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Why -- really -- is the Russian government pissed?

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Vancouver's final medal count shows the unhappy Russians way down the list, with just 15 medals. But there's more to their grumbling than sour grapes -- way more. A little analysis shows an interesting picture of wins leveraged by political shifts.

The Russian government is unhappy because it is remembering the "good old days" of the Cold War, 1949-1989. This was when the U.S. and the Soviet Union were going head to head in sports, with each one avid to pile up the most Olympic medals and demonstrate its "superiority."

Moscow came out ahead because the Russian-dominated USSR had a vast region to pull athletes and coaches and resources from...meaning Russia proper and the other 14 countries that comprised the Union of Soviet Socialist Republics along with Russia. East Germany -- which came under Communist rule after the Soviet occupation during World War II, but competed independently from the USSR -- also fattened the Communist medal haul.

(In my analysis, I'm not counting the satellite communist countries of eastern Europe, like Poland and Czechoslovakia, because they competed independently from the USSR and didn't dominate the medal standings like the Soviets did. East Germany is a special case, because of issues devolving from the Soviet/Allied occupation, and also because East Germany became a communist powerhouse in the medals standing.)

So, during that balmy (for the Reds) era, it was usually the USSR that won the most medals at each Winter Games. The U.S. was usually an also-ran during those years. Not only that, but the Soviets dethroned Canada as the hockey power. This was between 1956 and 1988. Only in 1968 did a non-communist country -- Norway -- get the biggest pile. In 1980, it was East Germany, not the USSR, that won the most medals. Typically the Soviets ran off with anywhere from 16 to 29 medals at each Winter Games.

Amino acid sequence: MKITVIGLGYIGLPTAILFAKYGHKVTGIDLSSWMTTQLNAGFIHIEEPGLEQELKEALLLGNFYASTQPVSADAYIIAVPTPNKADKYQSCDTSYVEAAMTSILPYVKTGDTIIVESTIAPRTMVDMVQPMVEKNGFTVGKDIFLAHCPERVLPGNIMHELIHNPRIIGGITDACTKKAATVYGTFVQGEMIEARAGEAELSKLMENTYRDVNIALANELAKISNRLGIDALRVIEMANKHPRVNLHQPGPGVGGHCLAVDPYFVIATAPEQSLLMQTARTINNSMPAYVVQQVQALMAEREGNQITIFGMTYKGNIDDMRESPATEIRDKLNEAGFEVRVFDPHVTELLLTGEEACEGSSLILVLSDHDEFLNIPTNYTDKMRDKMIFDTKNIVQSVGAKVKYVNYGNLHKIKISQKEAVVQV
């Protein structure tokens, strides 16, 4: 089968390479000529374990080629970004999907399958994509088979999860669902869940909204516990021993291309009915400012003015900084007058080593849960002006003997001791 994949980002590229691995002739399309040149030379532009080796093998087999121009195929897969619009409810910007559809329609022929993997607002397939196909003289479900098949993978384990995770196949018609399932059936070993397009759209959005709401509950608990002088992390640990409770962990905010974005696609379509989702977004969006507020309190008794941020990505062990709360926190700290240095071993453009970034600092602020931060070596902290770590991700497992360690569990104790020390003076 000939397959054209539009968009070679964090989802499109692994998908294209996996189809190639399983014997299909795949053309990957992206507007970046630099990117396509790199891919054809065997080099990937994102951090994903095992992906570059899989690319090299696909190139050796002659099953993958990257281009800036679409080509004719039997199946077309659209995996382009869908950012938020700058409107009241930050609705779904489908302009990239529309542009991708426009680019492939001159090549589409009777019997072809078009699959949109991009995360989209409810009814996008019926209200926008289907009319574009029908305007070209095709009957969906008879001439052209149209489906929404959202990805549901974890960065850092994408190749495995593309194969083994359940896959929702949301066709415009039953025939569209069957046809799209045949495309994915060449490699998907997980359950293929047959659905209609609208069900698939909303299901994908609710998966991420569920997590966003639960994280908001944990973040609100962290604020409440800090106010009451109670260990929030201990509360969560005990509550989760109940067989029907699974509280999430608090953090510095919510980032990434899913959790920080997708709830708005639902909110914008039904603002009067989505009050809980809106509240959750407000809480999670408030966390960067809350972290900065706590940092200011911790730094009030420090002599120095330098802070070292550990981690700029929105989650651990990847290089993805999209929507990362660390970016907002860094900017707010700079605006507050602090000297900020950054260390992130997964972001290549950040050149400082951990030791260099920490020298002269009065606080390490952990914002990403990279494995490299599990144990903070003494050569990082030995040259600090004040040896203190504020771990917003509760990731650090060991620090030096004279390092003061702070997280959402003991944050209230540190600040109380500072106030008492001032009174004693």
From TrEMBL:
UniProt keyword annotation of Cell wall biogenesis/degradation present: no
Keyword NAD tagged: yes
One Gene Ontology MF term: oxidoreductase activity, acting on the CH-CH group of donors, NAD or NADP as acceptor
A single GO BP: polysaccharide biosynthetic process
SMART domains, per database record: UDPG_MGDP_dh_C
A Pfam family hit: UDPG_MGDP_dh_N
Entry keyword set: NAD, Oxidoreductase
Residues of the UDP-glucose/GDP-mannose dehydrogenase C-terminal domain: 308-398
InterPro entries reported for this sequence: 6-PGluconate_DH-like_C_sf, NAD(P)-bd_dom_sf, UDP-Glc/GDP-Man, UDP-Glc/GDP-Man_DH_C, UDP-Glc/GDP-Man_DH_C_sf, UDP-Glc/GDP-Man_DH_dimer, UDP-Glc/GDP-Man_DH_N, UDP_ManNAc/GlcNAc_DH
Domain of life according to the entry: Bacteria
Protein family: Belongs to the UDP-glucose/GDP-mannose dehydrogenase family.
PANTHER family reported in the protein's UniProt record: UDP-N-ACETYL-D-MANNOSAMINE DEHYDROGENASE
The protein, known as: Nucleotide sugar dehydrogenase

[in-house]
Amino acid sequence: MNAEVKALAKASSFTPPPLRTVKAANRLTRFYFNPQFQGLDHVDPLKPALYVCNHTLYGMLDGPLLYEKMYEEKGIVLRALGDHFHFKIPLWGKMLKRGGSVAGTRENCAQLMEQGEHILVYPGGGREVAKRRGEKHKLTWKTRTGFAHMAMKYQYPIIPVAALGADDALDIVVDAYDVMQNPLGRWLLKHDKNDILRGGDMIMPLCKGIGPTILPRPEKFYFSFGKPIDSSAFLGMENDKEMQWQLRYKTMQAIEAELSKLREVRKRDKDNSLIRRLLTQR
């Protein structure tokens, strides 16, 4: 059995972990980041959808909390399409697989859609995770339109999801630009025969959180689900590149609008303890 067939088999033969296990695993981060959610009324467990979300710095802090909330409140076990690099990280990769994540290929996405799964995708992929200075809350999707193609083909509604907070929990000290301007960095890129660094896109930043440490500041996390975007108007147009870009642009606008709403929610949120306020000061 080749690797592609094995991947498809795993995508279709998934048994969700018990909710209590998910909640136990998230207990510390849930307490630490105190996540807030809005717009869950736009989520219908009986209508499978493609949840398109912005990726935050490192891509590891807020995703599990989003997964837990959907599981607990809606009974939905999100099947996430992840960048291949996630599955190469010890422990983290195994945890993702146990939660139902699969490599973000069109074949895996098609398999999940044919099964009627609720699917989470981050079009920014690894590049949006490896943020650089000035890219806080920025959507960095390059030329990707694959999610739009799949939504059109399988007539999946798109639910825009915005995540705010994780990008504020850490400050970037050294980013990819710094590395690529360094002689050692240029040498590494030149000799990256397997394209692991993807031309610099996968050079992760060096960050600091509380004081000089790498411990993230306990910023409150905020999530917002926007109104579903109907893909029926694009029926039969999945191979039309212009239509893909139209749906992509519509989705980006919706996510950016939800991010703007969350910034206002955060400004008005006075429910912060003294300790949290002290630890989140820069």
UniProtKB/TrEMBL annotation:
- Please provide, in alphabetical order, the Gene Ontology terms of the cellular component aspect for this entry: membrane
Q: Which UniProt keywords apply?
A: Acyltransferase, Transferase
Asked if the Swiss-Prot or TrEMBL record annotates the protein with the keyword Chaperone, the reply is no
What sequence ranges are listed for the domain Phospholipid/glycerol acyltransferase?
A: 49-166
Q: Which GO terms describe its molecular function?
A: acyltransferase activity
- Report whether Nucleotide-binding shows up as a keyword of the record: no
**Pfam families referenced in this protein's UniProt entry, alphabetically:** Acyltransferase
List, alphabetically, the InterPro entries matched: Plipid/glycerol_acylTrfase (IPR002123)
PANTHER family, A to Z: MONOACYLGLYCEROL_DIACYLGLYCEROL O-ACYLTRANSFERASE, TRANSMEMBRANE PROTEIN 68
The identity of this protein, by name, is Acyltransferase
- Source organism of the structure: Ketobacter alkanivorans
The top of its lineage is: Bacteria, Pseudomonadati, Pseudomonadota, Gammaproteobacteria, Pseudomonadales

And what country dominated the Winter medals race before World War II, and before the USSR entered Olympic competition? Usually it was Norway.

Then in 1989, things started falling apart for Moscow. The USSR -- with all its countries and its massive combined sports resources -- began breaking up. When the 14 other countries declared their independence and made their own affiliations with the IOC, Russia was left holding the bag on her old challenge of "superiority" and medal-winning.

In 1990, after communism ended in East Germany and it reunited with the West, Germany started sending a single unified team to the Olympics. And guess what -- in 1992, at the Albertville Winter Games in France, it was reunified Germany that wiped up the floor with the Soviets, and owned the podium with the most medals -- 26!

In short, the radical rearrangement of ideological borders across Europe has meant a radical re-distribution of medals as well. To put it another way -- today, when the Russian premier growls that his winter-sports coaches should all be fired as punishment for their poor showing in Vancouver, he's blaming them for something that isn't their fault.

Here's a closer look at the rearrangement. In Vancouver, the former Soviet republics of Belarus, Kazakhstan, Latvia and Estonia each sent their own independent teams -- and each won 1 medal, meaning 4 medals that Moscow couldn't get. Meanwhile, Germany continues to be a major medal power in its own right, with its 30 medals in Vancouver. So that totals 34 medals that Russia might have had if the old regime had still been in place. This explains a great deal about why the Russians are pissed.

Another factor working against Russian wins is this: additional countries coming on strong in winter sports, like Japan, South Korea and the People's Republic of China. They're now nabbing medals that the Soviets used to get as a matter of course -- like figure skating.

Yet another problem for Moscow is its own dire economic problems. Some Russian athletes flee a growing poverty of sports resources in their own country -- to live and train in Europe, Canada and the U.S.

Oddly enough, the Russian haul in Vancouver wasn't much smaller than that 16 or so that the Soviets used to win in the glory days.

It's true that the pie is bigger now. There are more winter sports to compete in, like halfpipe and snowboarding. But there are many more countries competing hungrily for pieces of that pie now -- 82 in 2010, compared to 32 countries in 1956. And hungry Canada has worked to recapture dominance in hockey.

That Vancouver total of 15 is in no way a disgrace to the individual Russian athletes who competed with their whole hearts. Russian talent hasn't changed. It's the world that has changed.

So the next time around, with the 2014 Winter Games held on their own turf, the Russian government isn't going to win more medals by playing politics, or throwing tantrums, or punishing their people. The best thing they can do is...stop living in the past. I hope they will do what every other country in the medals standing has been doing. Namely, work hard to develop new talent, and support their athletes and coaches in the most positive ways possible.